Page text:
Turning Point Foundation for drug rehabilitation, based on Pond Island’s Soualiga Boulevard since 1997, fears it will have to close its doors if the government’s plans for bars and food trucks next door go ahead.
PHILIPSBURG--Nine months after Minister of Justice Anna Richardson announced that Turning Point Foundation was to receive the Pointe Blanche prison’s unused container cells to house forensic patients on land adjacent to the rehab centre on Pond Island, the patients’ counsellors were shocked to learn this plot has now instead been allotted to the Ministry of Tourism for a food court, with sale of alcohol and tobacco.
The purpose of the site was changed recently after the land already had been earmarked in 2019 by former Minister of Justice Cornelius de Weever for the installation of at least eight of the 11 container cells on island. It is unclear why Government has deviated from what was made public on September 1 last year.
On that day, Minister of Justice Anna Richardson announced during the Council of Ministers press briefing that container cells would be moved from the prison to the land adjacent to Turning Point for an outpatient facility. Prime Minister Silveria Jacobs and Minister of Finance Ardwell Irion made it known that these plans had their approval.
Irion said during the same press briefing that the World Bank had been asked to support Turning Point financially. Jacobs confirmed that the government of St. Maarten had specifically asked the World Bank to designate Turning Point Foundation as a co-beneficiary of the US $8 million made available to Mental Health Foundation (MHF), which officially has a collaboration agreement with Turning Point. The rehab centre would need additional resources to be able to install the containers for the intended outpatient facility.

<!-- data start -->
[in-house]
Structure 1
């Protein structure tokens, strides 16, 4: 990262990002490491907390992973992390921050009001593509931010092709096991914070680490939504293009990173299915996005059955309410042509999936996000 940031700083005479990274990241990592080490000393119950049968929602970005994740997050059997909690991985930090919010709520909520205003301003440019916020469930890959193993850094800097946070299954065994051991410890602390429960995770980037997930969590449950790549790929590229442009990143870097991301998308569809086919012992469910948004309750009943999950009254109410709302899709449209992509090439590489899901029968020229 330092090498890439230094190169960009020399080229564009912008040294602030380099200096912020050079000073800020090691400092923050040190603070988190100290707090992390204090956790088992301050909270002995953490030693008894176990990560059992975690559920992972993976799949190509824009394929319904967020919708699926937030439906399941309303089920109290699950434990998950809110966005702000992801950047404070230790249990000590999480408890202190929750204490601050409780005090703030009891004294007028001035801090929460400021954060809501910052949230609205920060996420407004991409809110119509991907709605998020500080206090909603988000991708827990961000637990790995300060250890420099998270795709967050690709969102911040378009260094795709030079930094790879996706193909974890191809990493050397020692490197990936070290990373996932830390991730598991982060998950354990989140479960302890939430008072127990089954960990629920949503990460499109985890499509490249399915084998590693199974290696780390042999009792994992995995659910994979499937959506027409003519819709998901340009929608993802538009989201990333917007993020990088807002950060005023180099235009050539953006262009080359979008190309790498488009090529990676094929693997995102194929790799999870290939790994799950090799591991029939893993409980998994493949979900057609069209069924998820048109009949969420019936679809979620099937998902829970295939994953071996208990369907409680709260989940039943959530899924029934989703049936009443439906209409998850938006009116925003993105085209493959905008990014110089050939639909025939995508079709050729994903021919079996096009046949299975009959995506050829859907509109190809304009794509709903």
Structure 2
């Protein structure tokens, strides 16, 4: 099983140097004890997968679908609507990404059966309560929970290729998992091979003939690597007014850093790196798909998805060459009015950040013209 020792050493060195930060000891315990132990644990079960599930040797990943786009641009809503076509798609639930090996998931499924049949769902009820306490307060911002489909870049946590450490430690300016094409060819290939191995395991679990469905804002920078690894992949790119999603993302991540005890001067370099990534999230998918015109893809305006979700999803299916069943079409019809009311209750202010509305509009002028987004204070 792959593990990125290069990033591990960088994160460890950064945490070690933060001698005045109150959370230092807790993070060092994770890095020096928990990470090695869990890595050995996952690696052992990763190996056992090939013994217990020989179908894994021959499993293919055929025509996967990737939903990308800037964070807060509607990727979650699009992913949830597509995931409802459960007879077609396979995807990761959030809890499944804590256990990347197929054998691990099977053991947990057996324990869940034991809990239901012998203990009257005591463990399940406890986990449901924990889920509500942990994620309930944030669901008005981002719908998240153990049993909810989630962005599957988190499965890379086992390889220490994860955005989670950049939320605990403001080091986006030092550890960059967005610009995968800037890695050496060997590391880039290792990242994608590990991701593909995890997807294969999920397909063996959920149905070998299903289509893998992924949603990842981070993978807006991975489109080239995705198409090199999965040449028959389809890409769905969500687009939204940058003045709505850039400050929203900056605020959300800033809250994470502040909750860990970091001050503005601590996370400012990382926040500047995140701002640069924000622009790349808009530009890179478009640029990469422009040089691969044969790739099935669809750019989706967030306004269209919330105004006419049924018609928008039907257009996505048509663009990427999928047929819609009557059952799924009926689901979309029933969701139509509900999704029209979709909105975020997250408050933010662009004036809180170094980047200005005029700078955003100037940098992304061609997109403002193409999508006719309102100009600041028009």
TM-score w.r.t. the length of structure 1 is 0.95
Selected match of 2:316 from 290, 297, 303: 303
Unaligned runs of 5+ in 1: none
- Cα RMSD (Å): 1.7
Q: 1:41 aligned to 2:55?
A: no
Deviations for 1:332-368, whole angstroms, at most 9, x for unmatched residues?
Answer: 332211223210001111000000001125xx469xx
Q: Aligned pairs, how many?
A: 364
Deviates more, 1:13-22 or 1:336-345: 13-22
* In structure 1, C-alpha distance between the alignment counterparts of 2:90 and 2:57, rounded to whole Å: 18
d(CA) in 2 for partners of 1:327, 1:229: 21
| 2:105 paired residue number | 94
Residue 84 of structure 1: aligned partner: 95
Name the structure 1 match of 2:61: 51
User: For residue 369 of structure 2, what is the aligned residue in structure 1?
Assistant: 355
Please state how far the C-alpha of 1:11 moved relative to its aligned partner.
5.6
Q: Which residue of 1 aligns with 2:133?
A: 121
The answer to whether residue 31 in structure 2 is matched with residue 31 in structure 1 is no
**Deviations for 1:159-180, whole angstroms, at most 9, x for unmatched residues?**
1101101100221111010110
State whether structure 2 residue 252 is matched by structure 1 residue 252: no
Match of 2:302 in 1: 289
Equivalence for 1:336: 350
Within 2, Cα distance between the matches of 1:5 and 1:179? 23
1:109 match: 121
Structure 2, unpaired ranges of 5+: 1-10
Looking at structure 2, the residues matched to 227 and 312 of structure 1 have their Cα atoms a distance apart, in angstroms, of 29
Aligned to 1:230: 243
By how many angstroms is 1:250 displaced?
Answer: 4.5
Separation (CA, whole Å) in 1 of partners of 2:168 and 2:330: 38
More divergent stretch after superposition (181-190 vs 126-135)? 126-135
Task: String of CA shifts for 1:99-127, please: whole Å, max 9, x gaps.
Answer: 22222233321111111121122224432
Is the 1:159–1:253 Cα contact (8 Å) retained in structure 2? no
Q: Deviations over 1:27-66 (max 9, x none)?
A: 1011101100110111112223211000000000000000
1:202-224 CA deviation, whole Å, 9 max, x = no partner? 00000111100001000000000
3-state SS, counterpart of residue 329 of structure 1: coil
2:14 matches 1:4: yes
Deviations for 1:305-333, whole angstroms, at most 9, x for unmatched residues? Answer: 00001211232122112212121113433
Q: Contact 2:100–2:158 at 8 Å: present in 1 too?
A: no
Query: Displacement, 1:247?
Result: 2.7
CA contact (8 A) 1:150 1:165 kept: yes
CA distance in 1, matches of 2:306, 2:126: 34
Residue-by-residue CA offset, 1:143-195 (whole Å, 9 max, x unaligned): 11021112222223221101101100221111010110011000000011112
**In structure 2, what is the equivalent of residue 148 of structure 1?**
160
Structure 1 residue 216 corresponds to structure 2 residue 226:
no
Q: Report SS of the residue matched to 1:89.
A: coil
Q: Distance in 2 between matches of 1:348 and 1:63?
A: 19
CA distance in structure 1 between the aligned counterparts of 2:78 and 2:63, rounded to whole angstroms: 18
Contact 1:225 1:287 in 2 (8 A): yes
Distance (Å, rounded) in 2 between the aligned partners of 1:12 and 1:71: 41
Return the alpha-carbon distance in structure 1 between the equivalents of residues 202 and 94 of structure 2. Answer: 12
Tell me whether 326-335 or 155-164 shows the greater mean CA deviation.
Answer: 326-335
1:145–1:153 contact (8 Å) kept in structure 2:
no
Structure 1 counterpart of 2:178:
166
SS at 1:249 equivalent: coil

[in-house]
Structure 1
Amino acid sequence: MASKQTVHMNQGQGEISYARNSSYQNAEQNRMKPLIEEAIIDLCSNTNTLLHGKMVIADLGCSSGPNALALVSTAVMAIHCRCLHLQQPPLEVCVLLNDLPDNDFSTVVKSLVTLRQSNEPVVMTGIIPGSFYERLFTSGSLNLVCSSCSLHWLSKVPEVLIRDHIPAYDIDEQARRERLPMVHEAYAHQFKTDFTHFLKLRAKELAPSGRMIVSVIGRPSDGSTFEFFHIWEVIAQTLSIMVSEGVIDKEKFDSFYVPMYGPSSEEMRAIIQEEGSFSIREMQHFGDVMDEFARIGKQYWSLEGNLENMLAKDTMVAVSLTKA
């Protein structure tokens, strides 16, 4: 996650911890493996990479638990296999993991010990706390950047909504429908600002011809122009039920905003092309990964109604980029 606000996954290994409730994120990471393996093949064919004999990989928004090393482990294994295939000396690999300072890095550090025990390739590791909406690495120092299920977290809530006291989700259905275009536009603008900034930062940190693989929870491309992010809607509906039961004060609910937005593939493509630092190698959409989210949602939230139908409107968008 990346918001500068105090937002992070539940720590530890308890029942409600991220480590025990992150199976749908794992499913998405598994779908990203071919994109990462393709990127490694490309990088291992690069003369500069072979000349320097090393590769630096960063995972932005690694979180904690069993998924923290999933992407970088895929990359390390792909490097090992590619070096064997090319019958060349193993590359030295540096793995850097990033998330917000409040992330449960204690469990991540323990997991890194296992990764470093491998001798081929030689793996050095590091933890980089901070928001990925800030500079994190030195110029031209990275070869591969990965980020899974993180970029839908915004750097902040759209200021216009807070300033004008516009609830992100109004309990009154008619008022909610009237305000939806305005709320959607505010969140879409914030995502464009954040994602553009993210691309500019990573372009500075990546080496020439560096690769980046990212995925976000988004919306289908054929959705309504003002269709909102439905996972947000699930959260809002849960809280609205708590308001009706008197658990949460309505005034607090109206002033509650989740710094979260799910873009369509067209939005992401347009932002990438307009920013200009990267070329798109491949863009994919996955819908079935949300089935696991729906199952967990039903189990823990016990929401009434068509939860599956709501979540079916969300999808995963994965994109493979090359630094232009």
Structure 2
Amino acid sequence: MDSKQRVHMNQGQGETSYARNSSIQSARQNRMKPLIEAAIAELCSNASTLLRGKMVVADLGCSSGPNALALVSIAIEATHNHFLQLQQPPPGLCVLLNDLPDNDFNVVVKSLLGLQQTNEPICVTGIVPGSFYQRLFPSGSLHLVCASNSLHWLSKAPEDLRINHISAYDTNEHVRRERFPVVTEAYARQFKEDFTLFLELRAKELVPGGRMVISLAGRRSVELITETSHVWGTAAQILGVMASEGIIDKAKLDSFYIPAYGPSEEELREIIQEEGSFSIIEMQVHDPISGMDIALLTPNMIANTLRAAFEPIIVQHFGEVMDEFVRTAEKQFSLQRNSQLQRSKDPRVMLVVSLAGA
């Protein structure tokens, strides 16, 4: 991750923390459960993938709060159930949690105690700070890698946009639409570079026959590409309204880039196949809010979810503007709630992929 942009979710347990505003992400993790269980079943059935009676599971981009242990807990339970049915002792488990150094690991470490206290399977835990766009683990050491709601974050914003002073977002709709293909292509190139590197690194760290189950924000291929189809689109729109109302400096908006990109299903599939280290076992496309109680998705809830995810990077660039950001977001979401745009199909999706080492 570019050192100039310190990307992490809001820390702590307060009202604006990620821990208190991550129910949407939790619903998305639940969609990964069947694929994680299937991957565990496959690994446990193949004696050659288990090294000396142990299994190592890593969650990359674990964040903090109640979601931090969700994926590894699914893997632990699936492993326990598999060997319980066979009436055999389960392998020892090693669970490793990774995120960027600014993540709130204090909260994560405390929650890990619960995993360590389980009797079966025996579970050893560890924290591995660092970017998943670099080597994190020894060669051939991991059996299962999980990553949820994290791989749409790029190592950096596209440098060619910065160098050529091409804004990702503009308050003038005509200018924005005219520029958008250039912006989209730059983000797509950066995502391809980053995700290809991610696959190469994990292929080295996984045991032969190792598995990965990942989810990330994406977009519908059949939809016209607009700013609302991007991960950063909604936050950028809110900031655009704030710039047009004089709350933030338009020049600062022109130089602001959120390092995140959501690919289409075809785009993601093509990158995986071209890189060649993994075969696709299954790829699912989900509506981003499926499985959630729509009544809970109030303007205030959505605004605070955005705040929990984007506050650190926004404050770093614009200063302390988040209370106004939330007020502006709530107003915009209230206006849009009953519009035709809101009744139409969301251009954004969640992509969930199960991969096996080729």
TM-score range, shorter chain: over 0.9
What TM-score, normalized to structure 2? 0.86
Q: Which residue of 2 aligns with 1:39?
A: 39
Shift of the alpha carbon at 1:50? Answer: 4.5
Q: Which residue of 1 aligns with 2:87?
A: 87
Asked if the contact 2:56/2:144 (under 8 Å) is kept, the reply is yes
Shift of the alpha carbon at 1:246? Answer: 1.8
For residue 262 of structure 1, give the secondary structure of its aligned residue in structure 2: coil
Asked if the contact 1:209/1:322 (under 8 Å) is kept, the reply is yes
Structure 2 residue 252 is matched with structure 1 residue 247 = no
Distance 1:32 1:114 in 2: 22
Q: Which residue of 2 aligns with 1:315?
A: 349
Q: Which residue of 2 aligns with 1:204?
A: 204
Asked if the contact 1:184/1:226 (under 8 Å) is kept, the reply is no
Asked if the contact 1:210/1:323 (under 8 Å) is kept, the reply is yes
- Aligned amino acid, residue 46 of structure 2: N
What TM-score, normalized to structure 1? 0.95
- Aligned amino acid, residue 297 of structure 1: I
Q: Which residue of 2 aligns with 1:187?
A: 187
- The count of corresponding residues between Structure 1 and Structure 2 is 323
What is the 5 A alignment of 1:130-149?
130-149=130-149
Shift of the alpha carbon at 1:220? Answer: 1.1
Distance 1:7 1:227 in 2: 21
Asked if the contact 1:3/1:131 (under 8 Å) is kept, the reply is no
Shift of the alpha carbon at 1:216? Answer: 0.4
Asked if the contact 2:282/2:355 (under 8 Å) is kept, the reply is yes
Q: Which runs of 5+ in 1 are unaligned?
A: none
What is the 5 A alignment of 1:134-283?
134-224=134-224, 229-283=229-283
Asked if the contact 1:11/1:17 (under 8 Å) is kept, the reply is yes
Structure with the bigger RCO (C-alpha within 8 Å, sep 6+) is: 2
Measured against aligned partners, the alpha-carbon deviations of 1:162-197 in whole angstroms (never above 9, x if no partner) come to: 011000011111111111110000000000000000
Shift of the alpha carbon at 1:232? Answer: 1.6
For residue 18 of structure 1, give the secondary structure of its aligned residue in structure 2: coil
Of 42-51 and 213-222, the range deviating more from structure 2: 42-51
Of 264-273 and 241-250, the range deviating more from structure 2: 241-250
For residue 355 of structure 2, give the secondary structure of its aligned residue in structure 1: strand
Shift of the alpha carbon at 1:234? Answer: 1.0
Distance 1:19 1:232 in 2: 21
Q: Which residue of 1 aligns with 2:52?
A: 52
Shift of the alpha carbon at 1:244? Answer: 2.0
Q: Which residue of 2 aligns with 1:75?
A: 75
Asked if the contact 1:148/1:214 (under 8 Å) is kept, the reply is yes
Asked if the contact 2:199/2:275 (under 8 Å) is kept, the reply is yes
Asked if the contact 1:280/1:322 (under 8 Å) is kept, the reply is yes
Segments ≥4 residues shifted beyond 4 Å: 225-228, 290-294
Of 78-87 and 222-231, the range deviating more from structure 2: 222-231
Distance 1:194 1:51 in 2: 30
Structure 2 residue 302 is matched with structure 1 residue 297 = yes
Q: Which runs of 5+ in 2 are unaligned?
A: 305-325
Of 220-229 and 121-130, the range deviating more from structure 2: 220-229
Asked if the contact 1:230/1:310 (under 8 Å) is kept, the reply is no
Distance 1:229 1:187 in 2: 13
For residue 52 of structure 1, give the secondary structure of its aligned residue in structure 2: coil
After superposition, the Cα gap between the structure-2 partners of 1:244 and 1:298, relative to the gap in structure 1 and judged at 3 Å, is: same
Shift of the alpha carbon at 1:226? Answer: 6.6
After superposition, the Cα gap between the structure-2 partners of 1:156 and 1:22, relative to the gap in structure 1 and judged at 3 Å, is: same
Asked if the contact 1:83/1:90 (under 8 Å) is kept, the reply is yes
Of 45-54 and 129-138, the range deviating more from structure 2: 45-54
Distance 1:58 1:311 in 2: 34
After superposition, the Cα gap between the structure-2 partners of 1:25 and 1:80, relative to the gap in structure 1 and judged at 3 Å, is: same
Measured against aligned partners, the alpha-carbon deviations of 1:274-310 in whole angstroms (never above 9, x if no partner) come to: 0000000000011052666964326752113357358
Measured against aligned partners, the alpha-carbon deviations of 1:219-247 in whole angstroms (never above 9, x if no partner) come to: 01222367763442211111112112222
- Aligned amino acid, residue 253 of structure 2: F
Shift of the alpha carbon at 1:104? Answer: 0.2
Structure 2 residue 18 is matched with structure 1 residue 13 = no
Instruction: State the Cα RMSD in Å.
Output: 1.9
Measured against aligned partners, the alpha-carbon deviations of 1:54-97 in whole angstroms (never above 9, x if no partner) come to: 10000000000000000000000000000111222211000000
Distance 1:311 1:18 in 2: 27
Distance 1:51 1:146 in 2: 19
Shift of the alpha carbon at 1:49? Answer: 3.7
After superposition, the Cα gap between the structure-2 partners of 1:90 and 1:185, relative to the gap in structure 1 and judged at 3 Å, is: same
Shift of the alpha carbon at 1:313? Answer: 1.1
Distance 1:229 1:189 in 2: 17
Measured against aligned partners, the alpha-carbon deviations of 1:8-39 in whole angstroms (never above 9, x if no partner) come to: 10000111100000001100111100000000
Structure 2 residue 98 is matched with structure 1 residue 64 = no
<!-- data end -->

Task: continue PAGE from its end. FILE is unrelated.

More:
“Once patients are off the drugs and alcohol, it is very important that they have a roof over their heads, a safe place to sleep, because if they don’t have that, there’s a good chance they’ll soon be back on drugs and alcohol,” Turning Point’s founder and director Lloyd Richardson said last year, explaining that the foundation aims to provide former clients who have no home to go to with safe, quiet and clean living arrangements, with as few triggers as possible.
“What we as a community have experienced after Hurricane Irma, and now due to COVID-19, which is even worse, with people confined to their homes, has presented a monumental problem for us in the field of drug rehabilitation,” Lloyd Richardson told The Daily Herald. “Clients are knocking on our door every day in growing numbers.”
On April 6, 2022, in a meeting convened by Minister Richardson to discuss forensic care, the drug rehab counsellors were informed that the land adjacent to Turning Point has now been given to the Ministry of Tourism, Economic Affairs, Transport and Telecommunication (TEATT).